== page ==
News Ticker

17 Border Crossings

The adventures, humorous and otherwise, of an observant world traveler from quadruple threat talent Thaddeus Phillips.

Share your thoughts in the comment section below.

Thaddeus Phillips in a scene from his “17 Border Crossings” at New York Theatre Workshop (Photo credit: Johanna Austin)

[avatar user=”Joel Benjamin” size=”96″ align=”left” ] Joel Benjamin, Critic[/avatar]

Thaddeus Phillips’ 17 Border Crossings is about just that: 17 encounters the author had travelling from one exotic country to another.  The adventures, humorous and otherwise, overlap with breakneck speed until the show slows down to offer a dark vision of our current complex border morass.

On a misleadingly bare stage sits a table, desk lamps, a chair, a blue suitcase and some visible strips of theatrical lighting.  Phillips, who is billed as The Passenger, appears and begins a picaresque tale of his wanderings opening with a mini-lecture on the origins of the passport back in Henry V’s time.

His first related trip is by train from Prague to Serbia in 1998, the highlight of which is watching a mysterious fellow traveler smuggle a number of suitcases into Serbia and, with a wink, pull our hero into his illegal act.

Thaddeus Phillips in a scene from his “17 Border Crossings” at New York Theatre Workshop (Photo credit: Johanna Austin)

Going from Israel, whose border agents he calls the most beautiful in the world, to Jordan is a hoot as he runs the gauntlet of dimwitted, bribe-demanding Jordanian officials.

A mean-spirited customs official in Cuba makes sure Phillips’ passport is covered with obvious Cuban visa stamps despite the Passenger’s protestations.  In Colombia he rides shotgun in a wonky bicycle taxi en route to a large fund-raising event in a rural area near the Venezuelan border.  Returning from Bogatá, he is held by American customs agents for several scary hours while they investigate spurious suspicions of drug trafficking.

He becomes a “dental refugee” in Ciudad Juárez where he meets Pablo who was kicked out of the U.S. and yearns to return to his family.  This leads to a long reverie about the meaning of borders ending with a bittersweet image that, although it comes out of nowhere, somehow gives depth to an otherwise giddy tale.

Thaddeus Phillips in a scene from his “17 Border Crossings” at New York Theatre Workshop (Photo credit: Johanna Austin)

Tatiana Mallarino (Phillips’ wife) has directed with a firm hand and a fine sense of timing.   The tales that come hot on each others’ heels, often overlapping, are clearly delineated and, despite having to run from one side of the stage to the other, Phillips always seems relaxed and eager to tell the next episode.

17 Border Crossings is one of the most technically adroit Off-Broadway shows to be seen thanks to the split second cooperation between Phillips’ spare scenery design, David Todaro’s brilliantly inventive lighting and Robert Kaplowitz’ sound design and occasional music.  How Phillips uses the table alone is astonishing, literally creating multiple angles of observation, including an astonishing simulation of peering at the Passenger from up above.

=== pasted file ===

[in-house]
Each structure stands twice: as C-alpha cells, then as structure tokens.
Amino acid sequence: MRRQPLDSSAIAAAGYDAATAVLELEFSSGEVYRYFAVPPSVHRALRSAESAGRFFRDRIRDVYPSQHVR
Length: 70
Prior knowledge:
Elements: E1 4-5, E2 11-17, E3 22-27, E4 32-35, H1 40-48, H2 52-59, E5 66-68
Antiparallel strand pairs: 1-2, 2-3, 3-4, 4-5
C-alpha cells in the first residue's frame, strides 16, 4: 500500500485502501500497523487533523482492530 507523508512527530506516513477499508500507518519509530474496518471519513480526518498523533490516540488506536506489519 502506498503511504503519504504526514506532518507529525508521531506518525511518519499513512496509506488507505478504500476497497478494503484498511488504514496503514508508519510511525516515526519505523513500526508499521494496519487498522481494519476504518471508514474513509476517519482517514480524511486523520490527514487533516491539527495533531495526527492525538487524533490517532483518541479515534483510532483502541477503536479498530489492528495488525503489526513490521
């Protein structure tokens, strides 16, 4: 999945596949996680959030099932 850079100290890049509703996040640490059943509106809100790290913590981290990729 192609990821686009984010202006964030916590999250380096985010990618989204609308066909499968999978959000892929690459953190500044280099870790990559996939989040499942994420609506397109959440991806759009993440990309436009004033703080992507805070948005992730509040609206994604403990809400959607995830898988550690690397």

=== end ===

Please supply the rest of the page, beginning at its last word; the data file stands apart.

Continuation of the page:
Unanswered in the play is why Phillips did all this travelling.  Was he doing research?  Is he a curious citizen of the world? Or is he on some unnamed or unnamable business?  This lack of specificity turns the play into a well-performed travelogue, albeit with insights into the panoply of humanity he meets on his trip.

Thaddeus Phillips in a scene from his “17 Border Crossings” at New York Theatre Workshop (Photo credit: Johanna Austin)

Phillips is not a flamboyant performer yet his technical ease, particularly linguistically—sounding fluent in several languages—helps give the loosely structured show an amusing flow.

17 Border Crossings doesn’t quite achieve great depth, despite its heartbreaking ending, but it is entertaining and impeccably staged.

17 Border Crossings (through May 12, 2019)

New York Theatre Workshop, 79 East 4th Street, in Manhattan

For tickets, call 212-460-5475 or visit

Running time: 100 minutes without an intermission

Share your thoughts in the comment section below.

About Joel Benjamin (560 Articles)
JOEL BENJAMIN was a child performer on Broadway and danced with leading modern dance and ballet companies. Joel has been attending theater, ballet and opera performances ever since childhood, becoming quite opinionated over the years. He was the founder and artistic director of the American Chamber Ballet and subsequently was massage therapist to the stars before becoming a reviewer and memoirist. He is a member of the Outer Critics Circle.

Leave a comment

Your email address will not be published.

This site uses Akismet to reduce spam. Learn how your comment data is processed.